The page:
In Honor of Super Bowl LV, Mark Rober Built a Record-Setting Field Goal Robot
Mark Rober made this field goal robot to go head-to-head against NFL record-holder Matt Prater.
Super Bowl LV is happening today, and that means that it is time for us to bring you some of that sweet football content that Hackster is famous for. This is the 55th NFL Super Bowl and the game has changed dramatically over the decades. That includes a variety of strategies for kicking field goals. But even so, field goal kick distances have remained fairly consistent with most NFL kickers topping out at about 52 yards. A 63-yard record was set by Tom Dempsey in 1970 and wasn’t broken until 2013, when Denver Broncos kicker Matt Prater pulled off a 64-yard kick. Mark Rober thought he could do better, and built this field goal robot to go head-to-head against Prater.
Matt Prater now plays for the Detroit Lions and continues to be a top-performing kicker. While he hasn’t exceeded his record-breaking 64-yard field goal in an NFL game, he can still consistently reach that distance in practice. There was no better kicker for Rober to put his field goal robot up against in friendly competition. The word “robot” is a bit of a misnomer here, as this field goal-kicking contraption is almost completely mechanical. A reinforced fake leg is mounted onto a rotating plate so that it can swing around and kick the football. Very heavy springs connected to the leg via sprockets and rotate the leg at a tremendous speed and those springs are tensioned by an electric winch.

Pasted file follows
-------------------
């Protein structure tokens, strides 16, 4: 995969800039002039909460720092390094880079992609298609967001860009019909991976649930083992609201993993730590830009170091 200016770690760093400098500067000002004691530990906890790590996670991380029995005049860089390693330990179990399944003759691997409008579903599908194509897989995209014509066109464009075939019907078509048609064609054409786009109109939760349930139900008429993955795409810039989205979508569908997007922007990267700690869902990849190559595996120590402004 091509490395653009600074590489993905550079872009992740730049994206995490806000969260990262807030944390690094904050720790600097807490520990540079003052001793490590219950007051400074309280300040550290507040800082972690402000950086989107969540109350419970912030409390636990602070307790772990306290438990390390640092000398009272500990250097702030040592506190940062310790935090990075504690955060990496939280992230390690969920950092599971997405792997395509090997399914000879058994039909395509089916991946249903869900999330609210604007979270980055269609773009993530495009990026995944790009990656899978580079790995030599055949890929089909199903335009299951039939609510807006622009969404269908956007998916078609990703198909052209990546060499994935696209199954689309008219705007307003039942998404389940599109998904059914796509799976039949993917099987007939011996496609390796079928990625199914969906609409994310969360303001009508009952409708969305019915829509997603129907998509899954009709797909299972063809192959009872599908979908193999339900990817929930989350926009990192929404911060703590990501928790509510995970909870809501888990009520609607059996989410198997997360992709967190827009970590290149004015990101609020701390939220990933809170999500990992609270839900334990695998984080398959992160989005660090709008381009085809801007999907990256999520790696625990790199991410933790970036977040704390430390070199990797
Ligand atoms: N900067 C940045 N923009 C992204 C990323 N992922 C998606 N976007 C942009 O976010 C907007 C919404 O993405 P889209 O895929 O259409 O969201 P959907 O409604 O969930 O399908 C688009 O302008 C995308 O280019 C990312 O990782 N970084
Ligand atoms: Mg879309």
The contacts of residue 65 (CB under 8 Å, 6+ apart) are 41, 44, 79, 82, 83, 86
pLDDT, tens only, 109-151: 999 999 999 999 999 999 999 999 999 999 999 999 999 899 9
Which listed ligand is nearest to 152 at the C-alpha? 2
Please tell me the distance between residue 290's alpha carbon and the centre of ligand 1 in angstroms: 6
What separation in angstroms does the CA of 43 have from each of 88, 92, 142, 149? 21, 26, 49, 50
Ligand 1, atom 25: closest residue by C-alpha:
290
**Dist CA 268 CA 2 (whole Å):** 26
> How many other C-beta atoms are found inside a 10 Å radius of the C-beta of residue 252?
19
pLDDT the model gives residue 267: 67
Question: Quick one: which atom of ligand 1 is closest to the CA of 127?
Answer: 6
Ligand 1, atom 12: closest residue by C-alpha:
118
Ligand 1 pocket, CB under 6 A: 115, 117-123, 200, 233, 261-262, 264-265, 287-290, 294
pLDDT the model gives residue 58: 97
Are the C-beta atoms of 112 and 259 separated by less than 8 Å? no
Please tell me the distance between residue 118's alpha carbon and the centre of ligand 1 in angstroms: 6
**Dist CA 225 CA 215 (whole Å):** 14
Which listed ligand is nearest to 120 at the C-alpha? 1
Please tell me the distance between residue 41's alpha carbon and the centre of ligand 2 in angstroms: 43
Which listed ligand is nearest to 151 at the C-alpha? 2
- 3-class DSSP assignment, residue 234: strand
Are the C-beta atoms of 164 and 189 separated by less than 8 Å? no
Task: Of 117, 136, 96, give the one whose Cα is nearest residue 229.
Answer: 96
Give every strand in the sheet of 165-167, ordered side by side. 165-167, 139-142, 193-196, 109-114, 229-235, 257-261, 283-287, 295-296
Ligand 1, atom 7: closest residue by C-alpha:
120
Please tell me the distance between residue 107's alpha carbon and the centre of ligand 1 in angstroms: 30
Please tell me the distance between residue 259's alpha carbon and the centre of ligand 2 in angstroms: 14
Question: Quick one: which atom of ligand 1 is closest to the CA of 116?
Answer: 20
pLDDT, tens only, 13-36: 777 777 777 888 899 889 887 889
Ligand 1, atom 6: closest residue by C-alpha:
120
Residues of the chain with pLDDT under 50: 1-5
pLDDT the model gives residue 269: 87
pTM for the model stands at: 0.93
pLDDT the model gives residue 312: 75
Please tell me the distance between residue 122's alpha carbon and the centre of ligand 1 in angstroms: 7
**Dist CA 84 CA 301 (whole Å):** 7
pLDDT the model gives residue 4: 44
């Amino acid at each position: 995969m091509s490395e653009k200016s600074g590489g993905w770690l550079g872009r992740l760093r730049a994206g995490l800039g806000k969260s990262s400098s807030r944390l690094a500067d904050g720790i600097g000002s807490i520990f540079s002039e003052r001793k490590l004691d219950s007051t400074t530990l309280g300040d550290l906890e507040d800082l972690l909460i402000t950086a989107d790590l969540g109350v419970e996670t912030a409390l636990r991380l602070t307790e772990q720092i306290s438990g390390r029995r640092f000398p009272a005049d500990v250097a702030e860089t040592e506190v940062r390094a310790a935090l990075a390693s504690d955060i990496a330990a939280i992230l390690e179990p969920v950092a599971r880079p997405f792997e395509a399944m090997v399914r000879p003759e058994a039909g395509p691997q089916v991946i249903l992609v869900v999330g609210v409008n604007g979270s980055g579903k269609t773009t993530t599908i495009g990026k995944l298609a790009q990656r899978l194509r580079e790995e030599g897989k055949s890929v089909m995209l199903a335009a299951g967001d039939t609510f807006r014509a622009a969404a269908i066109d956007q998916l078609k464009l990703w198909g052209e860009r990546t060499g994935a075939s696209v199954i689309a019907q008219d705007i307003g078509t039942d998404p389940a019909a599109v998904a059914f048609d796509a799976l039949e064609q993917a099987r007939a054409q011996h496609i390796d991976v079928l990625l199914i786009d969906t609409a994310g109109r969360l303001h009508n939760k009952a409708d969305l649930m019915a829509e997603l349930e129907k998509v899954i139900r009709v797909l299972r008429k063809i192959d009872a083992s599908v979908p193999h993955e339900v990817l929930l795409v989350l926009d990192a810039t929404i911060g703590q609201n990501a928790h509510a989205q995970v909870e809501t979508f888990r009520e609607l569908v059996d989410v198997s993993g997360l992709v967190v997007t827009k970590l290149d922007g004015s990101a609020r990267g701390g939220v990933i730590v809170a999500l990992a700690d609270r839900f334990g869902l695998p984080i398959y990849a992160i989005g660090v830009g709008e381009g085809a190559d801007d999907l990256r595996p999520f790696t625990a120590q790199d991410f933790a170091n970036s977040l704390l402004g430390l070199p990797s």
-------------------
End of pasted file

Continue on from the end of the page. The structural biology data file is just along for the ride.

The contest between Prater and Rober started off like a game of HORSE, with Rober kicking increasingly-long field goals with his own measly human foot. As you’d expect, Prater was easily able to match Rober’s kicks until they reached 45 yards — a distance that Rober couldn’t manage. In his defense, he actually did very well for an amateur. After that failure, Rober rolled out his mechanical kicker. That insane machine, dubbed “Ray Finkle,” has springs that contain up to two tons of kinetic force. When the fake leg makes contact properly with the football to achieve the proper kick trajectory, that force is enough to kick the football across the entire length of football field.
This machine can kick far harder and faster than a human ever could—even an elite athlete like Prater who has dedicated his life to kicking footballs. After tuning the trajectory, Rober’s robot was able to easily surpass Prater’s incredible field goal record. Prater was able to kick a 65-yard field goal in the contest, but failed at the 70-yard mark. The kicker bot was able to reach a mind-boggling 84 yards. Unfortunately, that destroyed the machine’s sprocket key. Rober wasn’t able to attempt further distances, but it is safe to say that his robot’s record will never be beat by a puny human.